Shell share price: Oil major shelves Alberta oil sands project
Royal Dutch Shell Plc (LON:RDSA) announced yesterday that it is shelving its 80,000 barrel per day Carmon Creek thermal oil sands project in Alberta, Canada, as the project failed to rank in the firm’s newly aligned priorities.
“Current uncertainties”, including the lack of infrastructure needed to move Canadian oil to the global markets, were cited as the reason for the withdrawal, which was presented in the context of Shell’s wider drive to realign its assets portfolio.
“We are making changes to Shell’s portfolio mix by reviewing our longer-term upstream options world-wide, and managing affordability and exposure in the current world of lower oil prices. This is forcing tough choices at Shell,” chief executive Ben van Beurden said.
Shell, which owns 100 percent of the project, said it will retain the licenses and will leave some equipment in place to allow it to continue studying options for the project.
Most significantly, Shell said it expects to take $2 billion in charges relating to the exit from the project, as an estimated 418 million barrels of bitumen will be de-booked. The impairment will be included as an identified item in the firm’s third-quarter results, due for release tomorrow.
Canadian oil sands carry some of the highest breakeven costs in the industry, analysts noted. Earlier this year, Shell withdrew an application to develop the Pierre River oil-sands mine in northern Alberta.
“With this new Shell announcement, 18 future oil-sands announcements have been delayed this year,” Jackie Forrest, vice-president of Calgary-based ARC Financial Corp., said as quoted by Bloomberg. “Many of the other ones were not as expensive to cancel because not as much had been spent on them.”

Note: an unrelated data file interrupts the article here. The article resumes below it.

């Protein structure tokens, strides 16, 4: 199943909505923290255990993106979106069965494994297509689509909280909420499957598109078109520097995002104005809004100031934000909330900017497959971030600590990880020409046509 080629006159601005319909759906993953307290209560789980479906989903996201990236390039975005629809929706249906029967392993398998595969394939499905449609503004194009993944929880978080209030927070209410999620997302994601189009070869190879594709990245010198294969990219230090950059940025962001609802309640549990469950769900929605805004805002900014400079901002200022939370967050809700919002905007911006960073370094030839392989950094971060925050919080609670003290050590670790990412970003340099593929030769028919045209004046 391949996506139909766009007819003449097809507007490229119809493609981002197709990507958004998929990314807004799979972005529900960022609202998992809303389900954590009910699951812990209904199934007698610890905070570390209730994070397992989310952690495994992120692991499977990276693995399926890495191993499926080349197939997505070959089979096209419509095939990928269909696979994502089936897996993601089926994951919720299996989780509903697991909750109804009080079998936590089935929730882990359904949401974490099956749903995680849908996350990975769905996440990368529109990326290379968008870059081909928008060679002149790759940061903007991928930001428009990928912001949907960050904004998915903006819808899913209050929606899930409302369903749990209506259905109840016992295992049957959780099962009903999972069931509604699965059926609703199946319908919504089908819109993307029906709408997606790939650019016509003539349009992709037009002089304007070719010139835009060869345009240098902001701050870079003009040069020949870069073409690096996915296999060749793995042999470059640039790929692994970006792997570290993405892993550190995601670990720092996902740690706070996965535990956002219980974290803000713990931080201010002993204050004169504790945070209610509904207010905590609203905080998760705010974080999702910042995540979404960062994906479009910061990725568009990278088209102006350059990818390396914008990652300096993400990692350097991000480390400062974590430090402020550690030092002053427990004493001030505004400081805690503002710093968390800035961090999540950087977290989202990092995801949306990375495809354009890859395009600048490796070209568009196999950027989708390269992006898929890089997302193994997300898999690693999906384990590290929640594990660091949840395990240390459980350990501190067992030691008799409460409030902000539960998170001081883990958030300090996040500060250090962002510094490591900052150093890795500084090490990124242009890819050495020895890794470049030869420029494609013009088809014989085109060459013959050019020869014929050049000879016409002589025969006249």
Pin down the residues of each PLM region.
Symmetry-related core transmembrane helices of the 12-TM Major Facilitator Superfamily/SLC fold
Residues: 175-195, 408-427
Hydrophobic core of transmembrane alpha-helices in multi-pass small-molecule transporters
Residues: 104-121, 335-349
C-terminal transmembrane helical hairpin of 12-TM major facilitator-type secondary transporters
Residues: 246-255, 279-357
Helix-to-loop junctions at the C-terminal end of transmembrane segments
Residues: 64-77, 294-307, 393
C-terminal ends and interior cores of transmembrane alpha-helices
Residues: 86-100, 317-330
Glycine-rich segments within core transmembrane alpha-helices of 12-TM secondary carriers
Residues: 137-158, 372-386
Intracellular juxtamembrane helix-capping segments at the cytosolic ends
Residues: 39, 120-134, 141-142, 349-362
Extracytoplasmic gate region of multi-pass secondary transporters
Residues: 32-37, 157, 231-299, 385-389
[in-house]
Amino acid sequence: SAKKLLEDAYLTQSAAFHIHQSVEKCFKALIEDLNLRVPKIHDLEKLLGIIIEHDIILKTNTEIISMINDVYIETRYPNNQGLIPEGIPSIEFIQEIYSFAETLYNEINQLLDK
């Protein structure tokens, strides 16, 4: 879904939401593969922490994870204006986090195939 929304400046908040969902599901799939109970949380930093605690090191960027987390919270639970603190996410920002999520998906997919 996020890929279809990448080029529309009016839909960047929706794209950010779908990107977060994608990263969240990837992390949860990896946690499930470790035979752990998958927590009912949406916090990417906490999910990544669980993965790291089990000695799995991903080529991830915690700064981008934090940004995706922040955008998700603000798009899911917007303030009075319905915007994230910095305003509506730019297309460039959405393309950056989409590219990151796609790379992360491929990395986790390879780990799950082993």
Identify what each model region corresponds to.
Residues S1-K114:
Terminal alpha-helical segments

Shell has said that it needs Brent at above $70 per barrel for its oil sands projects to stay afloat. The global benchmark has traded well below $70 for the past year, orbiting the high $40s in recent months.
The retreat from Carmon Creek comes after earlier this week Morningstar analyst Stephen Simko wrote that Shell’s problems extend further than the depressed oil price. Big bets on shale “destroyed huge amounts of capital” and the company has few growth assets, Simko said, underscoring that Tuesday’s announcement was no surprise.
Last month, Shell pulled the plug of another major project, as it walked away from its costly Arctic exploration campaign following disappointing first-well results. The oil major will reveal the costs of scrapping its Arctic project tomorrow as well, having spent more than $7 billion on it to date.
Shell’s share price closed with a 1.19 percent loss yesterday at 1,721.23p, in line with the broader market.
As of 07:21 GMT, Wednesday, 28 October, Royal Dutch Shell Plc ‘A’ share price is 1,709.50p.